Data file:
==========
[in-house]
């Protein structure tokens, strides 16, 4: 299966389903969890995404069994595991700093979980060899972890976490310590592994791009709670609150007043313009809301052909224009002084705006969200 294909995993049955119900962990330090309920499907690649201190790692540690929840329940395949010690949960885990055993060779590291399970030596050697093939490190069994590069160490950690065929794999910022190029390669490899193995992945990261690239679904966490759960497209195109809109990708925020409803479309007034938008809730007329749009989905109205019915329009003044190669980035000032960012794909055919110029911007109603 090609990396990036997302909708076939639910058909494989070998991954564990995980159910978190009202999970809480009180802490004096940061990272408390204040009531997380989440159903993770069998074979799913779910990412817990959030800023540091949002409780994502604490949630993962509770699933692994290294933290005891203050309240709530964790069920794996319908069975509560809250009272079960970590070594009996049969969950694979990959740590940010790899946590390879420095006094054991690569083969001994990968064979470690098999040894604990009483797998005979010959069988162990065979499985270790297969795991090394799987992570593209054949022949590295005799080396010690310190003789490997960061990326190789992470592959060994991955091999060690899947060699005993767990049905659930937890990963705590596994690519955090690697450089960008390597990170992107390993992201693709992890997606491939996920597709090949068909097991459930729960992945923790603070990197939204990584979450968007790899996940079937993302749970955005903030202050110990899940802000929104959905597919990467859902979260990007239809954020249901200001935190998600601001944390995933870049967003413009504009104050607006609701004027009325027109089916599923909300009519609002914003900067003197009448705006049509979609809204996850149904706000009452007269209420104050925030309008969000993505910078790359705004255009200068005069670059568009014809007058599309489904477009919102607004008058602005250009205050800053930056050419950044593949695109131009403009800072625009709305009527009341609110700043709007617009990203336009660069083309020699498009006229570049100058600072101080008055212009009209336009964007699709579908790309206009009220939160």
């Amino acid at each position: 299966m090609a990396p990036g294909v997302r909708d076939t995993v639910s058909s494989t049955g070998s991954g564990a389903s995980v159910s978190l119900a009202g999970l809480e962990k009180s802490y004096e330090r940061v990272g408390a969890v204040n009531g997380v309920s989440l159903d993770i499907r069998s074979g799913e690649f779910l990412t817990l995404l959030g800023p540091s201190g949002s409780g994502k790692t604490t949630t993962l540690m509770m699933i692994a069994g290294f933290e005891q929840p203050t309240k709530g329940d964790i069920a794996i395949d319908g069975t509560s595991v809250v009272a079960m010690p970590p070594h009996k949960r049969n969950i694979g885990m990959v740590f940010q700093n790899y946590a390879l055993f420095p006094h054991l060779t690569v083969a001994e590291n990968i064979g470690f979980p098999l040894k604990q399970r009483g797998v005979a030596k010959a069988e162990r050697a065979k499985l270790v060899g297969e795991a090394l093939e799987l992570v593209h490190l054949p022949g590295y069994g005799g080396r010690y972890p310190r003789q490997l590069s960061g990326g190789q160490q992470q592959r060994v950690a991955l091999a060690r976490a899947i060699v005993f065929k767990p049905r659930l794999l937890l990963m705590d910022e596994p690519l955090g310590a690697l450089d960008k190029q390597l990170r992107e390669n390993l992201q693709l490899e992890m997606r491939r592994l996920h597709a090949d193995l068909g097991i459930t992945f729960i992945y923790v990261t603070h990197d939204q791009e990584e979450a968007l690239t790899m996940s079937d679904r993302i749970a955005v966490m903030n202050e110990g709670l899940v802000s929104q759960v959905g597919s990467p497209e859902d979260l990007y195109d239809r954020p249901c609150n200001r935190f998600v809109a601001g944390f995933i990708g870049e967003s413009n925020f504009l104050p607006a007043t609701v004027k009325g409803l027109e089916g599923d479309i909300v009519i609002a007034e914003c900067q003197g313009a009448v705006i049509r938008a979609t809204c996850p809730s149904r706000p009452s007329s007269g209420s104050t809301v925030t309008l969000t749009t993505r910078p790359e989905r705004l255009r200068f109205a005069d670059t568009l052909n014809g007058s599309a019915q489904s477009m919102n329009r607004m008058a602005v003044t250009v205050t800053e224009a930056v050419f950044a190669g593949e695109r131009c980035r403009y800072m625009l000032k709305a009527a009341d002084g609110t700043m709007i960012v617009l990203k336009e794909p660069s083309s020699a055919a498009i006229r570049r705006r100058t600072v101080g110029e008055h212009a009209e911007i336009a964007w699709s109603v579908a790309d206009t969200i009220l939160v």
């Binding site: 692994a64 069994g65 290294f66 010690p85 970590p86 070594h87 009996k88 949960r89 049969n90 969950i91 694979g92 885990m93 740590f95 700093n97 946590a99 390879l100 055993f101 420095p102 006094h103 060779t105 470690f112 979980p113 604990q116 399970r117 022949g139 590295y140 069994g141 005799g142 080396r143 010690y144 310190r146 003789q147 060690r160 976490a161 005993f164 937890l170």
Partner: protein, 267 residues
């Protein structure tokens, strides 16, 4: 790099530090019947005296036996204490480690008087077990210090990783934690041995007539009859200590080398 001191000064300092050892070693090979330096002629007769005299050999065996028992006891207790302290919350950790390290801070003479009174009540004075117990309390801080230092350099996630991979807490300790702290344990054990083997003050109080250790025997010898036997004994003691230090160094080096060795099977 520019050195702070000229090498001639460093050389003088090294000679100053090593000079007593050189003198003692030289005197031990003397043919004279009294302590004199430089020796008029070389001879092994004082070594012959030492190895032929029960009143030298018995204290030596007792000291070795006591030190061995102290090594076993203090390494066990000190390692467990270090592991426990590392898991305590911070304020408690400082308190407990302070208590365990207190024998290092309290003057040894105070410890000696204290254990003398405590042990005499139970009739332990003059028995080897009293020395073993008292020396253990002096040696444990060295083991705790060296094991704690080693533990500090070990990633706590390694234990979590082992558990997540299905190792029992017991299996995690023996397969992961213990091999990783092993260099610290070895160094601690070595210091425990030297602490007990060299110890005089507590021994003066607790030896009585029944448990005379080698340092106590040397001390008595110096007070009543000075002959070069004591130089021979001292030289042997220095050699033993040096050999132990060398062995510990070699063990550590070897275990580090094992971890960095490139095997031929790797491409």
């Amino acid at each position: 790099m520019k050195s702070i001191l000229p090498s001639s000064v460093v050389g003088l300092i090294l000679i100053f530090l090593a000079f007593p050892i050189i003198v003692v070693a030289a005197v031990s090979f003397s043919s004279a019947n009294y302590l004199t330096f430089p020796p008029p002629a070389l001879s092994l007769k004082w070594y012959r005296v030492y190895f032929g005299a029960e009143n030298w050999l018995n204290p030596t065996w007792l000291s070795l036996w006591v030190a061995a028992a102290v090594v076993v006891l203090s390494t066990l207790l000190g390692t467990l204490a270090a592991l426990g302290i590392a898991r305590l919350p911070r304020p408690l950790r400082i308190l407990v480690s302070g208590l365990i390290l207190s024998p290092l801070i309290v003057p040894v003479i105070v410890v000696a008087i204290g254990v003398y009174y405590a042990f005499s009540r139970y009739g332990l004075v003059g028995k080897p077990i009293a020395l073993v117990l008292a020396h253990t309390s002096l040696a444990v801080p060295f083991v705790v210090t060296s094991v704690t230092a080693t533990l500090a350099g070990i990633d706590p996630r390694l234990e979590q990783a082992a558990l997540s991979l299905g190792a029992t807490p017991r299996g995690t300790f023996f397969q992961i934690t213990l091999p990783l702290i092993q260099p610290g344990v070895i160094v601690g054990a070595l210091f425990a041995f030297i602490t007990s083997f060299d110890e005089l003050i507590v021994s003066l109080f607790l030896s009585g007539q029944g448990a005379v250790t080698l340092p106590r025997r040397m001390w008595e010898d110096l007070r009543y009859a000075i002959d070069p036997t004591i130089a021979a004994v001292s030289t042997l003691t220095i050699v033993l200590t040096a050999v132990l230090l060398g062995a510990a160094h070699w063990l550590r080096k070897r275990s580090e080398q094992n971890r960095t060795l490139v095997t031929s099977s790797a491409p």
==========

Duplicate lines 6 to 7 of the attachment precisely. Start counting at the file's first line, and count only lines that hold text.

């Protein structure tokens, strides 16, 4: 790099530090019947005296036996204490480690008087077990210090990783934690041995007539009859200590080398 001191000064300092050892070693090979330096002629007769005299050999065996028992006891207790302290919350950790390290801070003479009174009540004075117990309390801080230092350099996630991979807490300790702290344990054990083997003050109080250790025997010898036997004994003691230090160094080096060795099977 520019050195702070000229090498001639460093050389003088090294000679100053090593000079007593050189003198003692030289005197031990003397043919004279009294302590004199430089020796008029070389001879092994004082070594012959030492190895032929029960009143030298018995204290030596007792000291070795006591030190061995102290090594076993203090390494066990000190390692467990270090592991426990590392898991305590911070304020408690400082308190407990302070208590365990207190024998290092309290003057040894105070410890000696204290254990003398405590042990005499139970009739332990003059028995080897009293020395073993008292020396253990002096040696444990060295083991705790060296094991704690080693533990500090070990990633706590390694234990979590082992558990997540299905190792029992017991299996995690023996397969992961213990091999990783092993260099610290070895160094601690070595210091425990030297602490007990060299110890005089507590021994003066607790030896009585029944448990005379080698340092106590040397001390008595110096007070009543000075002959070069004591130089021979001292030289042997220095050699033993040096050999132990060398062995510990070699063990550590070897275990580090094992971890960095490139095997031929790797491409």
């Amino acid at each position: 790099m520019k050195s702070i001191l000229p090498s001639s000064v460093v050389g003088l300092i090294l000679i100053f530090l090593a000079f007593p050892i050189i003198v003692v070693a030289a005197v031990s090979f003397s043919s004279a019947n009294y302590l004199t330096f430089p020796p008029p002629a070389l001879s092994l007769k004082w070594y012959r005296v030492y190895f032929g005299a029960e009143n030298w050999l018995n204290p030596t065996w007792l000291s070795l036996w006591v030190a061995a028992a102290v090594v076993v006891l203090s390494t066990l207790l000190g390692t467990l204490a270090a592991l426990g302290i590392a898991r305590l919350p911070r304020p408690l950790r400082i308190l407990v480690s302070g208590l365990i390290l207190s024998p290092l801070i309290v003057p040894v003479i105070v410890v000696a008087i204290g254990v003398y009174y405590a042990f005499s009540r139970y009739g332990l004075v003059g028995k080897p077990i009293a020395l073993v117990l008292a020396h253990t309390s002096l040696a444990v801080p060295f083991v705790v210090t060296s094991v704690t230092a080693t533990l500090a350099g070990i990633d706590p996630r390694l234990e979590q990783a082992a558990l997540s991979l299905g190792a029992t807490p017991r299996g995690t300790f023996f397969q992961i934690t213990l091999p990783l702290i092993q260099p610290g344990v070895i160094v601690g054990a070595l210091f425990a041995f030297i602490t007990s083997f060299d110890e005089l003050i507590v021994s003066l109080f607790l030896s009585g007539q029944g448990a005379v250790t080698l340092p106590r025997r040397m001390w008595e010898d110096l007070r009543y009859a000075i002959d070069p036997t004591i130089a021979a004994v001292s030289t042997l003691t220095i050699v033993l200590t040096a050999v132990l230090l060398g062995a510990a160094h070699w063990l550590r080096k070897r275990s580090e080398q094992n971890r960095t060795l490139v095997t031929s099977s790797a491409p």